Stop me if you’ve heard this one before: A real-life cowboy and a self-proclaimed “city girl” fall in love. She leaves the bright lights of the big city behind for a new life in the country, and they live happily ever after. But perhaps what’s left out of the story are the challenges they will face as they fuse together their immensely different backgrounds to create this “happily ever after.”

To say the adjustment has been difficult for me would be an understatement. It hurts to admit that I often wonder if I “belong” here.

Photo Credit: Jenny Lee Lorenz, Jenny Lee’s Photography

My rancher and I just recently celebrated our second anniversary in November, and I’ve been on the ranch for about two-and-a-half years. Our love story is fun (and my favorite, of course), but not unique in the ranching world. I am not the first, nor the last “city girl,” to leave the bright lights behind for the star-filled, country night sky, trading in her heels for work gloves, muddy boots, and cow sh… well, you know

You see, I’m a “city girl” at heart. A “town kid” as my husband would say.  Don’t get me wrong, I am not a “big city” girl (think LA, NYC) by any means, but I was enjoying the perks of a more urban lifestyle – living in Billings, Montana, before making the move to the ranch.  Indulging in martinis with my bestie for girl’s nights out, attending a variety of social events, and enjoying abundant shopping opportunities and amazing restaurants to satisfy my inner foodie.

My life is so much different now. Girl’s nights have been replaced with date nights in the calving shed…and oddly, I wouldn’t have it any other way. 


Farming and ranching are a highly-romanticized lifestyle, and have recently become incredibly trendy – think urban backyard chickens and farmhouse décor.  Overscheduled, overworked, and overtired urbanites are pining for a “simpler life,” when in reality, modern-day farmers and ranchers are just as stretched thin.

Ranching is more than just a job, it’s a lifestyle. For my husband, it runs through his veins – and he is a “lifer” (his words). I am in awe daily of his work ethic. His job is 24/7, 365 – and time off is sparse.

Nonetheless, I wasn’t prepared for this.

I’ve spent a fair amount of time feeling sorry for myself and frustrated when plans fall through as they often do because a tractor broke down, or it’s the middle of spring (calving season) and I’m crawling into bed alone for week three, and counting, while he sleeps in a shed near the corral to check on our laboring “first-time moms.”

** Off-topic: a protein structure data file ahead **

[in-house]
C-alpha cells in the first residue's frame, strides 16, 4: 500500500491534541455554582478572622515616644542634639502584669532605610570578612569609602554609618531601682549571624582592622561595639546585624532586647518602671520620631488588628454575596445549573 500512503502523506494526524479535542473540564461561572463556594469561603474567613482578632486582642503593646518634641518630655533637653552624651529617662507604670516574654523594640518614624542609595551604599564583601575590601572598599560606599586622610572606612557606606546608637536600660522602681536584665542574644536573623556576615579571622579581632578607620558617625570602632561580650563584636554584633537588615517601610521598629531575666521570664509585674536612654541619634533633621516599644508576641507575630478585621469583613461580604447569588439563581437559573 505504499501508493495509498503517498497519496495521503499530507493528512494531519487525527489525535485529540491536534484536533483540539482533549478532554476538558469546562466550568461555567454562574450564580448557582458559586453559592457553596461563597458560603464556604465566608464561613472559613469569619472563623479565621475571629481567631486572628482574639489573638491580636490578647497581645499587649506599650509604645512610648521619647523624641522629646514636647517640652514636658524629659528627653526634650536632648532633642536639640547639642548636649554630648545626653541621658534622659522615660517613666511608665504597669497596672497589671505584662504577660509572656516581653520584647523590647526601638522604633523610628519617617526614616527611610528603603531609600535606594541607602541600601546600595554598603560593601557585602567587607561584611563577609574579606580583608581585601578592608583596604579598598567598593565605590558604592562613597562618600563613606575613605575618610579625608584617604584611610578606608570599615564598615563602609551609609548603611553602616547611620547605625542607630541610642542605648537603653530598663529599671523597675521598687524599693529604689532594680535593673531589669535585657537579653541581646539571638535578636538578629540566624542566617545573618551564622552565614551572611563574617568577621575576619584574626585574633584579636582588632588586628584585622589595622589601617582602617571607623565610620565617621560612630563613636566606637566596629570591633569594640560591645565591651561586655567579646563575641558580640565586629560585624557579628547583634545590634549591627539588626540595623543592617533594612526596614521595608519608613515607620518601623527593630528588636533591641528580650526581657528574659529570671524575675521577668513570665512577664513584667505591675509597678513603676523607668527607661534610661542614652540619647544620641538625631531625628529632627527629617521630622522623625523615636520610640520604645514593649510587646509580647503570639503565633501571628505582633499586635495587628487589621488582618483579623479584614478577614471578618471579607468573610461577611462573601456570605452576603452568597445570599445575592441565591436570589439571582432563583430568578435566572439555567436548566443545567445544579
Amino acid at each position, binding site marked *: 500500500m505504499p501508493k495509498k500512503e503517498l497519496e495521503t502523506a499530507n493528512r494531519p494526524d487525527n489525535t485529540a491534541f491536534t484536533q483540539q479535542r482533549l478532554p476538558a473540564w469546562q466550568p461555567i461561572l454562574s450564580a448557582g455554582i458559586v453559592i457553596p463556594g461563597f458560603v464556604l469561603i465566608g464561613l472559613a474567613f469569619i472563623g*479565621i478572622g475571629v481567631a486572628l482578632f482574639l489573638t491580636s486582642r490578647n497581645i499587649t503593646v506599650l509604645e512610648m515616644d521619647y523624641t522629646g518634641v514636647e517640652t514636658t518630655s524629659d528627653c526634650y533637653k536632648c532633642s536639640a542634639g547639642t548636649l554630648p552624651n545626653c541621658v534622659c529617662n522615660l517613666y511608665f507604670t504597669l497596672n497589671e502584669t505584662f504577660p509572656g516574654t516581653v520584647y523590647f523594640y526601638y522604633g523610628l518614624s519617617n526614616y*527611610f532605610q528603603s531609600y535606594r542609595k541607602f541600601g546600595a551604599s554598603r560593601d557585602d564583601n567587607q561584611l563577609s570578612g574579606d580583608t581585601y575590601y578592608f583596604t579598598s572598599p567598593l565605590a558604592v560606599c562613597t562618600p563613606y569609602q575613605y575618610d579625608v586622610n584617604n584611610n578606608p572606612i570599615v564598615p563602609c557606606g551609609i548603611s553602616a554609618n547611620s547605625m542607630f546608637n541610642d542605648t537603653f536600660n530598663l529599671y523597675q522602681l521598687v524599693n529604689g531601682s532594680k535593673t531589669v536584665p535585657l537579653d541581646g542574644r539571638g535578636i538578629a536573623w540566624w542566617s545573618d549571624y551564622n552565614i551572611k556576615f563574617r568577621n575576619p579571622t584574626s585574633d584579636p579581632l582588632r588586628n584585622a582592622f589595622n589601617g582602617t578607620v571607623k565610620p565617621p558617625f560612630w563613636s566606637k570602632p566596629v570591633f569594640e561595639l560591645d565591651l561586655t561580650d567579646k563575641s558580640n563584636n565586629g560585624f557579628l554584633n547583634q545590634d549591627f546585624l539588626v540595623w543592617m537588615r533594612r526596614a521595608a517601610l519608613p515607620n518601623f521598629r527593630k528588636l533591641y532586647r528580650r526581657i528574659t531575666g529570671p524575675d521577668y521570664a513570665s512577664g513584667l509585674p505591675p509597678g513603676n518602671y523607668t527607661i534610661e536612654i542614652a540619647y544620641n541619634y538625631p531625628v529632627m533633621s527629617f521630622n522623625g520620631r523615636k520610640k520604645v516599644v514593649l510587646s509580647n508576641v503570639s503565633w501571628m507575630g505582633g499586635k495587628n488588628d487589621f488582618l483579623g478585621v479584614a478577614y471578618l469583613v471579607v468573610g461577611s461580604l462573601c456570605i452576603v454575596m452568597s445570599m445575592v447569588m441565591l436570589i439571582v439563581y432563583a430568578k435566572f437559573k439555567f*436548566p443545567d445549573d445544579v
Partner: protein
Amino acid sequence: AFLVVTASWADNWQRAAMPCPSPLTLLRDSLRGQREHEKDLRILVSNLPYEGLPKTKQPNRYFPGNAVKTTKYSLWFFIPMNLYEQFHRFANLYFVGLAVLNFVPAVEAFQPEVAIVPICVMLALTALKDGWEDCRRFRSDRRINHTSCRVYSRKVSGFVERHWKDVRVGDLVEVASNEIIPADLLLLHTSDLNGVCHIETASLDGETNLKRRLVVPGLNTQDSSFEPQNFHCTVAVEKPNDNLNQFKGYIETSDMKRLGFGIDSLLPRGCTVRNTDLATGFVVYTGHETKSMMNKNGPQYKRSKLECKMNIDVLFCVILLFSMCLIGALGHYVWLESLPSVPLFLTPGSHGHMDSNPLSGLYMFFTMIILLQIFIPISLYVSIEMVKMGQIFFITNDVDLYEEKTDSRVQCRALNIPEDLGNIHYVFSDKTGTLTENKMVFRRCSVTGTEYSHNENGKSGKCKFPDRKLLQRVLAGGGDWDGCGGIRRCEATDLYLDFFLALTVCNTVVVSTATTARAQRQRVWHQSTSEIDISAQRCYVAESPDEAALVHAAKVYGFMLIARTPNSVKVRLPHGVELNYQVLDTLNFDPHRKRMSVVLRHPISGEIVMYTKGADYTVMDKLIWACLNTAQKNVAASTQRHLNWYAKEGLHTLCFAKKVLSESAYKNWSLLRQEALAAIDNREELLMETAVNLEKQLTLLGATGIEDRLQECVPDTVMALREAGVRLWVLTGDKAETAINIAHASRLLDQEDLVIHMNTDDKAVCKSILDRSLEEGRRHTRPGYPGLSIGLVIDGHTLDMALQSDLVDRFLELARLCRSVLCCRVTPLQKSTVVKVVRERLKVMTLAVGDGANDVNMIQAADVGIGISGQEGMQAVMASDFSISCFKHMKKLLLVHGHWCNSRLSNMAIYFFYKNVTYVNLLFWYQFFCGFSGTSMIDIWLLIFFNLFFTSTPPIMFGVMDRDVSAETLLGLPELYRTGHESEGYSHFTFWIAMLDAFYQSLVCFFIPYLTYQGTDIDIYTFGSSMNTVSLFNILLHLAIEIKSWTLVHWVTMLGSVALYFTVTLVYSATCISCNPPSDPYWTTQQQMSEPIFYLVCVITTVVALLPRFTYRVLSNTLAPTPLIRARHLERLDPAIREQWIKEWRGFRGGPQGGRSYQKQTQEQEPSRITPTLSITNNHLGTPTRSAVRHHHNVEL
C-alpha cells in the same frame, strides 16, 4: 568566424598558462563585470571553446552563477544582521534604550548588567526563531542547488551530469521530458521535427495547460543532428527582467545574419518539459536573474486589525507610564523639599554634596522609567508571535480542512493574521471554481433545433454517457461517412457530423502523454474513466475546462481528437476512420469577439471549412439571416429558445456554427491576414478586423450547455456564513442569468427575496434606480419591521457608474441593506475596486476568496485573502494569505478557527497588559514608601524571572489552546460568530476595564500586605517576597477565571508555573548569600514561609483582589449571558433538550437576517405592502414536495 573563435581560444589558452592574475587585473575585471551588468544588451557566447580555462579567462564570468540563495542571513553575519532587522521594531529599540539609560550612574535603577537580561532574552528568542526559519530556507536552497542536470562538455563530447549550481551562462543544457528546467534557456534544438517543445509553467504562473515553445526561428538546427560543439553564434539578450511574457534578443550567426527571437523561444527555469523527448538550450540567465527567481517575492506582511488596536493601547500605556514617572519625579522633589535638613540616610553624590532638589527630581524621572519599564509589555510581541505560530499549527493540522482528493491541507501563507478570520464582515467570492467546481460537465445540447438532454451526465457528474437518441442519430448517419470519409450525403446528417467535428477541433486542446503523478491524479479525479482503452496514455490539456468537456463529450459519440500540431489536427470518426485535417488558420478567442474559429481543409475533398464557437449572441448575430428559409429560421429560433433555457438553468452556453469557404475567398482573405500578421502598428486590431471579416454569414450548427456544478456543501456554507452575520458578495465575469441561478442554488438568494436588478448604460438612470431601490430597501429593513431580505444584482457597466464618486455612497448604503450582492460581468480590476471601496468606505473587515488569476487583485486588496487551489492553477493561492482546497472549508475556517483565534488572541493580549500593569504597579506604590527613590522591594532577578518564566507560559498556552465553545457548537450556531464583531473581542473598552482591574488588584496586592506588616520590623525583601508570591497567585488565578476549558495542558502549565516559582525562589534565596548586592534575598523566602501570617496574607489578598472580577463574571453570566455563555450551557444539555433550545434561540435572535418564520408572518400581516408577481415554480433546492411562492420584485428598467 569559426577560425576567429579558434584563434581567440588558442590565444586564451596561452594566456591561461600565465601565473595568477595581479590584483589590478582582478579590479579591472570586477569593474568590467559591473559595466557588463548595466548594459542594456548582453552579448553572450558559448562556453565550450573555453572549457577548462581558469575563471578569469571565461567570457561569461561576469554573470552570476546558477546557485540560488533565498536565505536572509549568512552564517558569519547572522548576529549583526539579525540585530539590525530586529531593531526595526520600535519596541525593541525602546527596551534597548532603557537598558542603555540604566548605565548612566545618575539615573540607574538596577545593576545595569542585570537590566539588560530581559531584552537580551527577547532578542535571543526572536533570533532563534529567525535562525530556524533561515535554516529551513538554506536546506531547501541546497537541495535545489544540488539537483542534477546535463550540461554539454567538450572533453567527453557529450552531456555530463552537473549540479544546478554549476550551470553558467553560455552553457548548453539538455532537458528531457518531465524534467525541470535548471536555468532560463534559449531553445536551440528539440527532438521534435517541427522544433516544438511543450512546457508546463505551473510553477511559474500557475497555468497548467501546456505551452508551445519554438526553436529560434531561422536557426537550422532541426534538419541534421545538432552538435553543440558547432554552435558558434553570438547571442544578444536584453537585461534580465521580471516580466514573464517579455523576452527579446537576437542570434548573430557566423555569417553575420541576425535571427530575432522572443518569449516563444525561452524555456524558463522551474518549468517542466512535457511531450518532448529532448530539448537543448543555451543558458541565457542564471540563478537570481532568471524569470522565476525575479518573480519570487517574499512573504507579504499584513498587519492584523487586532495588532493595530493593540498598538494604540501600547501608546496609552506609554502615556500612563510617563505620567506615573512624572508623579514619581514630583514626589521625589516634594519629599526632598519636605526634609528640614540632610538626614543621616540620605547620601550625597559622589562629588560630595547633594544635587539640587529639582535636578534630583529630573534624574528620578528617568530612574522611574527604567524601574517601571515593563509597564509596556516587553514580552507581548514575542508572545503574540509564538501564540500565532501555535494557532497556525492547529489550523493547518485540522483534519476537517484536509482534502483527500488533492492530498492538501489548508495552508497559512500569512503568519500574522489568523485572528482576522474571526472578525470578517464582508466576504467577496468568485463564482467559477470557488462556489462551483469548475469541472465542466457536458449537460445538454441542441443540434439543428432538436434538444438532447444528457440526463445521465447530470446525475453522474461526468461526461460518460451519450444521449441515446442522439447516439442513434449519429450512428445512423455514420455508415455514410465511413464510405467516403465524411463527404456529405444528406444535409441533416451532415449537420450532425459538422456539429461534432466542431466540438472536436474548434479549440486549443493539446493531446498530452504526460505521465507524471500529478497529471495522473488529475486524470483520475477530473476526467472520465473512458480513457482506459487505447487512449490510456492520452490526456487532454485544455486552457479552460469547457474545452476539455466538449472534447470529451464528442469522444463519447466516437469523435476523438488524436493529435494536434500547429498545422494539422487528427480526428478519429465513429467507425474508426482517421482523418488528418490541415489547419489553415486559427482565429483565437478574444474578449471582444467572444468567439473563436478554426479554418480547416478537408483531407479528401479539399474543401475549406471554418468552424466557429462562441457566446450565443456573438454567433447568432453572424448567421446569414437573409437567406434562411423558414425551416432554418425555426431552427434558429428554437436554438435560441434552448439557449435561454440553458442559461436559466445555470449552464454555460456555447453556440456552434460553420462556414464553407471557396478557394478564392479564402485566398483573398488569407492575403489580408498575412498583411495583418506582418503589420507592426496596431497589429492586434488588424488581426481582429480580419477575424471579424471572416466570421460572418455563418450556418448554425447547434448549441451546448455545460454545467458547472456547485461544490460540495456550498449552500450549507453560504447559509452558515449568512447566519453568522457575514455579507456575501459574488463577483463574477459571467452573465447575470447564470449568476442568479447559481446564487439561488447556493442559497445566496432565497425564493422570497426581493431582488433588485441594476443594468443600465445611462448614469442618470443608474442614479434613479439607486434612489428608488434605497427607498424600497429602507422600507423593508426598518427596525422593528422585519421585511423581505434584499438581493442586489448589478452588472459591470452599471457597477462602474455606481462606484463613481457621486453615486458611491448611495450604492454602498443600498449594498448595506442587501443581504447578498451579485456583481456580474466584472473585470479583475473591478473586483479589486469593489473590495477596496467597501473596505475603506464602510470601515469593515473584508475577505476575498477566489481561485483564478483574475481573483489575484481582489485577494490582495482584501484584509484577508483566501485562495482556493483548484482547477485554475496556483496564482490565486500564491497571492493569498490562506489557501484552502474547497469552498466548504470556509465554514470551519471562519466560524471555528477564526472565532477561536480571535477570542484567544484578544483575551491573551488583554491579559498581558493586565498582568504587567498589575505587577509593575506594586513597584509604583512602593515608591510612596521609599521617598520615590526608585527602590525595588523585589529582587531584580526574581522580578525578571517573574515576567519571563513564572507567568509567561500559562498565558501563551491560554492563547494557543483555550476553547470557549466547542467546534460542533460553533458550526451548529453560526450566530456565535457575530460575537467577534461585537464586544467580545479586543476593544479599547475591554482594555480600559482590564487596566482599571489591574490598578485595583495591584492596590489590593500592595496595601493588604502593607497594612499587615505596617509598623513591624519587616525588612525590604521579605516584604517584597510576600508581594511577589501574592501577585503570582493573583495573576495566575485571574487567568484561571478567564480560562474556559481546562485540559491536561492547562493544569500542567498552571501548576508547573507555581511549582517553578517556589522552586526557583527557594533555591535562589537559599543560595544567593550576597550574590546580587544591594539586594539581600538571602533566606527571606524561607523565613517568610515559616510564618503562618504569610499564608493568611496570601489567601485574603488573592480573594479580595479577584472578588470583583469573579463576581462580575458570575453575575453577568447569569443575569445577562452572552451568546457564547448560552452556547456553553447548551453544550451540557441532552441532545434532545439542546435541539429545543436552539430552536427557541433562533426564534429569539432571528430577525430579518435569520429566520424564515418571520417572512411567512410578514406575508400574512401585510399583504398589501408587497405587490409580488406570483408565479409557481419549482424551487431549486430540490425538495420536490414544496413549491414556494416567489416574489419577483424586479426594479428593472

There are times when I find myself eating supper alone in the summertime when my daughter is out of state at her dad’s house, and my husband is wrapping up a 14-hour-day out in the hayfield. Or, I turn down our third summer barbeque invite or show up to another wedding without my designated “plus one.”

In addition to the steep learning curve faced by a greenhorn ranch wife, which causes me to question my legitimacy and place in our operation, I would be remiss if I failed to mention the incredible sense of inadequacy I feel on a daily basis.  I promise, I am not an inherently negative person, so let me explain.

It’s true that almost always we are harder on ourselves than anyone else. I, like most women, feel so much pressure as a wife, mother, daughter, sister, friend, and employee. I wouldn’t say that it is pressure to be perfect, but more so, pressure trying to keep all of those balls in the air and not let something important fall.

I know, I’m preaching to the choir, right ladies?

The dishes and laundry are piled up (I’m a bad housekeeper). I haven’t texted my friends back (I’m a bad friend). Work deadlines loom, and I feel so far behind (I’m a bad employee). Sound familiar?

We need to work cows and the kiddo needs to get to swim practice in town… 30 miles away (bad wife, bad ranch hand AND bad mom). I forgot to call my mother back (bad daughter) and haven’t cooked in what feels like a month; in reality, it’s just a few days – I hope. Oh yes, and I should probably take a shower – that’s important! Will I ever get it together? Thanks, anxiety.